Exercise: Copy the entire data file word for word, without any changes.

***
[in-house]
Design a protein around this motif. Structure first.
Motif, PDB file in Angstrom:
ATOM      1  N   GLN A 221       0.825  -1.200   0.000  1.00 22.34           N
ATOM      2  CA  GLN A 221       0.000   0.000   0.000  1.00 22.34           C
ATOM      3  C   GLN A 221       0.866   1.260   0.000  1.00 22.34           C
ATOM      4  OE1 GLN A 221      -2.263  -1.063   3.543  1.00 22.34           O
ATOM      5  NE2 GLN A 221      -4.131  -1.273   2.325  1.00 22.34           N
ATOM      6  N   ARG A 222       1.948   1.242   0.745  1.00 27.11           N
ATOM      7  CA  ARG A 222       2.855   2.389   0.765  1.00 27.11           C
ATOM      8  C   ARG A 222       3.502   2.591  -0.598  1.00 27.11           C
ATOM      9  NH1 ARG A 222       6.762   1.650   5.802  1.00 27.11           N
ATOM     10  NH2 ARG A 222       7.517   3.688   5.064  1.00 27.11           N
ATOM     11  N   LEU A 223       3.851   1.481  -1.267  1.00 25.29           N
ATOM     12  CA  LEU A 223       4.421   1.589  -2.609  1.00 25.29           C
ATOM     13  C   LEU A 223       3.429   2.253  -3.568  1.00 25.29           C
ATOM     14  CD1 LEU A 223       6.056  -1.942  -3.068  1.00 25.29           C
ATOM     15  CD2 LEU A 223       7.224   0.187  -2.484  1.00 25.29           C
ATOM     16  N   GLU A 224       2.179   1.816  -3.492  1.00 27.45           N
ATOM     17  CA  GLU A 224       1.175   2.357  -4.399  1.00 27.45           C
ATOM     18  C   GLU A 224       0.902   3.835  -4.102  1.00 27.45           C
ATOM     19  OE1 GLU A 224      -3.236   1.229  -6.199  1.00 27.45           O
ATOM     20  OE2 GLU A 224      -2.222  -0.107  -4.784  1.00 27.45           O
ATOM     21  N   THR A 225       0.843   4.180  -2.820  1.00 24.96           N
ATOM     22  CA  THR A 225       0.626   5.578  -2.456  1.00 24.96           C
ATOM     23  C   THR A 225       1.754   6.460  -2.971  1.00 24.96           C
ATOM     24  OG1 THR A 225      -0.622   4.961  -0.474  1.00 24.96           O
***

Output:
[in-house]
Design a protein around this motif. Structure first.
Motif, PDB file in Angstrom:
ATOM      1  N   GLN A 221       0.825  -1.200   0.000  1.00 22.34           N
ATOM      2  CA  GLN A 221       0.000   0.000   0.000  1.00 22.34           C
ATOM      3  C   GLN A 221       0.866   1.260   0.000  1.00 22.34           C
ATOM      4  OE1 GLN A 221      -2.263  -1.063   3.543  1.00 22.34           O
ATOM      5  NE2 GLN A 221      -4.131  -1.273   2.325  1.00 22.34           N
ATOM      6  N   ARG A 222       1.948   1.242   0.745  1.00 27.11           N
ATOM      7  CA  ARG A 222       2.855   2.389   0.765  1.00 27.11           C
ATOM      8  C   ARG A 222       3.502   2.591  -0.598  1.00 27.11           C
ATOM      9  NH1 ARG A 222       6.762   1.650   5.802  1.00 27.11           N
ATOM     10  NH2 ARG A 222       7.517   3.688   5.064  1.00 27.11           N
ATOM     11  N   LEU A 223       3.851   1.481  -1.267  1.00 25.29           N
ATOM     12  CA  LEU A 223       4.421   1.589  -2.609  1.00 25.29           C
ATOM     13  C   LEU A 223       3.429   2.253  -3.568  1.00 25.29           C
ATOM     14  CD1 LEU A 223       6.056  -1.942  -3.068  1.00 25.29           C
ATOM     15  CD2 LEU A 223       7.224   0.187  -2.484  1.00 25.29           C
ATOM     16  N   GLU A 224       2.179   1.816  -3.492  1.00 27.45           N
ATOM     17  CA  GLU A 224       1.175   2.357  -4.399  1.00 27.45           C
ATOM     18  C   GLU A 224       0.902   3.835  -4.102  1.00 27.45           C
ATOM     19  OE1 GLU A 224      -3.236   1.229  -6.199  1.00 27.45           O
ATOM     20  OE2 GLU A 224      -2.222  -0.107  -4.784  1.00 27.45           O
ATOM     21  N   THR A 225       0.843   4.180  -2.820  1.00 24.96           N
ATOM     22  CA  THR A 225       0.626   5.578  -2.456  1.00 24.96           C
ATOM     23  C   THR A 225       1.754   6.460  -2.971  1.00 24.96           C
ATOM     24  OG1 THR A 225      -0.622   4.961  -0.474  1.00 24.96           O